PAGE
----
MARYSVILLE — Alexys Wilson is a senior at Marysville Getchell High School and a three-sport athlete who just finished up her season as captain of the Lady Chargers varsity basketball team and is looking forward to track and field this spring.
Known as Lexy to her friends and teammates, Wilson showed incredible leadership and athletic progress during her final year playing high school basketball.
“She is the one that will push through tiredness or soreness and just keep going,” said her coach Shannon Grandbois. “She is constantly asking for ways to improve. She never stopped wanting to learn. She just kept asking, ‘How can I improve? How can I get better?’”
Wilson began playing basketball in second grade and continued to play through middle school.
“I was always tall for my age and people would ask, ‘Do you play basketball?’” said Wilson. “My dad played too so he helped me get started.”
Wilson took time away from the sport during her freshman and sophomore years, and focused instead on playing soccer. That was until one of her gym teachers inspired her to go back.
“I started to play basketball for MG as a junior,” she said. “At first the biggest struggle was the mental toughness. You couldn’t just hang your head when you made a mistake. That was hard for me because I’m usually pretty tough on myself, especially with sports. But you just have to play through it.”
Although mental toughness was one of her first challenges playing for the Chargers, it became one of her greatest characteristics.
“I think that’s where I grew the most. We went to Western [Washington University] for basketball camp this summer and played for 12 hours straight,” said Wilson. “It was tough but when we were done I knew I loved the game. I’m only 5-foot-10 but I was ready to go out there and show those 6-foot-tall girls that I could play too.”
And she did. Wilson was chosen to be the captain of the team and her tenacity and eagerness to play proved to be an inspiration to younger players.
“I’ve always been a positive person and I always wanted to play,” she said. “I’d go to my coach and ask her to tell me what to work on.”
“She made huge improvements in strength and court ability,” said Grandbois. “She was a part-time JV player her first year and went from that to being a full-time varsity starter all year. She was pivotal on the court. She was one of the foundations that we built the program around. They saw that work ethic and the other girls would rise to that level as well.”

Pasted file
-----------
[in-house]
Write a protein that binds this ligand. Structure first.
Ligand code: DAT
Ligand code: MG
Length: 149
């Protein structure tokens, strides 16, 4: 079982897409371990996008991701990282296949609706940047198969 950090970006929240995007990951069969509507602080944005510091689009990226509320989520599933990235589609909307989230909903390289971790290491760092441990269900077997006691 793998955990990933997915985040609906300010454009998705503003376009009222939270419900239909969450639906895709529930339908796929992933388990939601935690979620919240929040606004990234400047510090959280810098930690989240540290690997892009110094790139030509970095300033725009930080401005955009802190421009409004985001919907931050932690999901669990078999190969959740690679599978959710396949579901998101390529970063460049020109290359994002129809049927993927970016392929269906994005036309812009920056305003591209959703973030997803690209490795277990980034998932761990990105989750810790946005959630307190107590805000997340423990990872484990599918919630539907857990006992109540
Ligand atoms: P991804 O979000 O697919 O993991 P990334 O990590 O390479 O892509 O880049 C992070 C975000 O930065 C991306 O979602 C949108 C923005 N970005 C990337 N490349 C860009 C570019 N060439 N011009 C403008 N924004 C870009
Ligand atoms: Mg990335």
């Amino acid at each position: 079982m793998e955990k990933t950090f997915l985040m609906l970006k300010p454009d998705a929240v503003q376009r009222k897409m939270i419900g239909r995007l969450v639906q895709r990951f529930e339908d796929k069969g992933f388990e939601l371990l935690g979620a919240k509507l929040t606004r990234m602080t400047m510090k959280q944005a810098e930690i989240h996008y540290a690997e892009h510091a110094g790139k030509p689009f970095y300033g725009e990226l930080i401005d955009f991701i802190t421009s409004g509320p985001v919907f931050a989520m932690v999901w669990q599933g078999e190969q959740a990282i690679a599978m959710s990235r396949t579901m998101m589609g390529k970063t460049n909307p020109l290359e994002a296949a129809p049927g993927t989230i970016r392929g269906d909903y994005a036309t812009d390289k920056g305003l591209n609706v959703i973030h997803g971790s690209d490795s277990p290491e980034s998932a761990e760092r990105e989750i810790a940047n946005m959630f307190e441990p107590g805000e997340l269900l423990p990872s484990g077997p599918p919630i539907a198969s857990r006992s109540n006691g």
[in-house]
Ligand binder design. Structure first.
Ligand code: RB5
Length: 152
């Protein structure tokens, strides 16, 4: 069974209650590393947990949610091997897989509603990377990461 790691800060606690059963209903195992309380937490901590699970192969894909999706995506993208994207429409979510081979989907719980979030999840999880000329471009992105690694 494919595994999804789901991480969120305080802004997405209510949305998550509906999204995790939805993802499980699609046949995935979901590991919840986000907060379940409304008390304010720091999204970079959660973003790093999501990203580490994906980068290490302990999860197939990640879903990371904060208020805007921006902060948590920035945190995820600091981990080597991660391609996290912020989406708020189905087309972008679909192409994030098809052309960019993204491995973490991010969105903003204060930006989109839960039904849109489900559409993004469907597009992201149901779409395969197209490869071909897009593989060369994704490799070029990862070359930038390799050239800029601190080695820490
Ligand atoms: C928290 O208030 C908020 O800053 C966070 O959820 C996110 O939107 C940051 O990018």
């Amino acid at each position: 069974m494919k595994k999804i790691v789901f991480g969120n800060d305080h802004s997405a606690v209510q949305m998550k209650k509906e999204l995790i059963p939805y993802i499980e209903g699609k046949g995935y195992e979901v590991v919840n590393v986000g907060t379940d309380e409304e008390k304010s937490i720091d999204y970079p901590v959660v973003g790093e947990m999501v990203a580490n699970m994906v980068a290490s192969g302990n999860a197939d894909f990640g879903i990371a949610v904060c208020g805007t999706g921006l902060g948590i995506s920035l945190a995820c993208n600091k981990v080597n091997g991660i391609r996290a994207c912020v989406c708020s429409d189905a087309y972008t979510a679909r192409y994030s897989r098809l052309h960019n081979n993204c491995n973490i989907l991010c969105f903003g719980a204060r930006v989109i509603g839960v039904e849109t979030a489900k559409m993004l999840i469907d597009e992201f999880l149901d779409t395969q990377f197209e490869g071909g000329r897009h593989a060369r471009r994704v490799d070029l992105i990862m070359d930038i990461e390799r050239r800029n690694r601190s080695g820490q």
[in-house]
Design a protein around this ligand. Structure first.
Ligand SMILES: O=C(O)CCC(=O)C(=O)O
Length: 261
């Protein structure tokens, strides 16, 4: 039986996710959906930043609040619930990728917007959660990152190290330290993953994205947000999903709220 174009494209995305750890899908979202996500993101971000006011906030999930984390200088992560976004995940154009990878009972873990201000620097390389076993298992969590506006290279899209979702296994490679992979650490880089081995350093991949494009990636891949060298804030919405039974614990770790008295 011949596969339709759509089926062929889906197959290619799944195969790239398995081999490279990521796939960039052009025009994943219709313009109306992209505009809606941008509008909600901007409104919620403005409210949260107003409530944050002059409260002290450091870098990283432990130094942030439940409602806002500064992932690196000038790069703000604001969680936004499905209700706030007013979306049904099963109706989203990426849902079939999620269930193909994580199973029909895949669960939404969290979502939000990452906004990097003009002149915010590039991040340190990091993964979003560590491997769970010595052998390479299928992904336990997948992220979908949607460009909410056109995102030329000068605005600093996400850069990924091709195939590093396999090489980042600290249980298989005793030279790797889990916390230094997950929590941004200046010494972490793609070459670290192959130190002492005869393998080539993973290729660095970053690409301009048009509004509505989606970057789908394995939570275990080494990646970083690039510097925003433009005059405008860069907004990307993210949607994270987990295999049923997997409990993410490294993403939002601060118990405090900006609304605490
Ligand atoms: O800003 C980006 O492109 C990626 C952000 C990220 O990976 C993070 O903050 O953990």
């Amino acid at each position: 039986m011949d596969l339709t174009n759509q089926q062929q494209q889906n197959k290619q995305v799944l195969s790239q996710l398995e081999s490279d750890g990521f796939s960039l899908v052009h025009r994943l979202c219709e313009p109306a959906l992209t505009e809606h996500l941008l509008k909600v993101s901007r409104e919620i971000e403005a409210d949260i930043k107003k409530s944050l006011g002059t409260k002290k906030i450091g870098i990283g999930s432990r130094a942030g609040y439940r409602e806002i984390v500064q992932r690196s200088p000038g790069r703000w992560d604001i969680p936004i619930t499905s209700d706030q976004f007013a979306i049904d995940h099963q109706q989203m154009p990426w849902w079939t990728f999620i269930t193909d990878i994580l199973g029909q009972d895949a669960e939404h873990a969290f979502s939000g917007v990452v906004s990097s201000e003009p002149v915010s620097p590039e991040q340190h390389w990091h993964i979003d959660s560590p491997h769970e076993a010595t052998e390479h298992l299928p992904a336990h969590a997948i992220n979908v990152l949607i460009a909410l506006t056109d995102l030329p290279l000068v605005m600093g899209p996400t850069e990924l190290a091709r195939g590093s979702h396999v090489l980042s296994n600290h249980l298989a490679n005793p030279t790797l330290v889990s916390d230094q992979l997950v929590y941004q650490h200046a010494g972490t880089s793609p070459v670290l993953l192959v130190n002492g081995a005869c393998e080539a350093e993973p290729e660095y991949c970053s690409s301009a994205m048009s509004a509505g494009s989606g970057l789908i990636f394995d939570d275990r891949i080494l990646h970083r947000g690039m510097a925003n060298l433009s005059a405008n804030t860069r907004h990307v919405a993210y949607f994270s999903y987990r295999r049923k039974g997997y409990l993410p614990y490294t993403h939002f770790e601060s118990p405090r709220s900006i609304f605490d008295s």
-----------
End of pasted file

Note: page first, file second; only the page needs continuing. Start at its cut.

The Lady Chargers played their final game against Oak Harbor at home on Wednesday, Jan. 30.
“The last game of the season the entire team played phenomenally,” said Grandbois.
It was tough for Wilson, who felt that the team had become a second family to her.
“That was one of the hardest nights to deal with,” she said. “It’s hard to know I won’t be able to play with them again.”
Although her physical presence will be gone from the team, she leaves a legacy behind.
“It’s only our second year building the program,” said Wilson. “I was always telling them that we are young and we are going to be a really great team someday.”
Grandbois agrees and is proud of Wilson’s attitude in the face of a tough season record this year.
“She always has a smile on her face and she is always happy,” she said. “You need to have that person on the team — it’s important because there are always going to be trials and tribulations.”
Wilson graduates this year and although she has not yet decided which university she will attend in the fall, she does know what she wants to in the future.
“I really want to major in early childhood education and become a first or second grade teacher,” said Wilson, who volunteers as a reading buddy at Kellogg Marsh Elementary and is involved in her church’s worship team. Although her talents at leading and inspiring as an athlete will help her in the classroom, she isn’t taking all the credit.
“I would like to say that I am so lucky to have played for such a great coach,” said Wilson. “She always pushed us and believed in us.”
Grandbois hopes for the best for Wilson’s future.
“She is such a fun person, she is great with kids,” she said. “I think that no matter what she chooses to do in the future, she will be very successful.”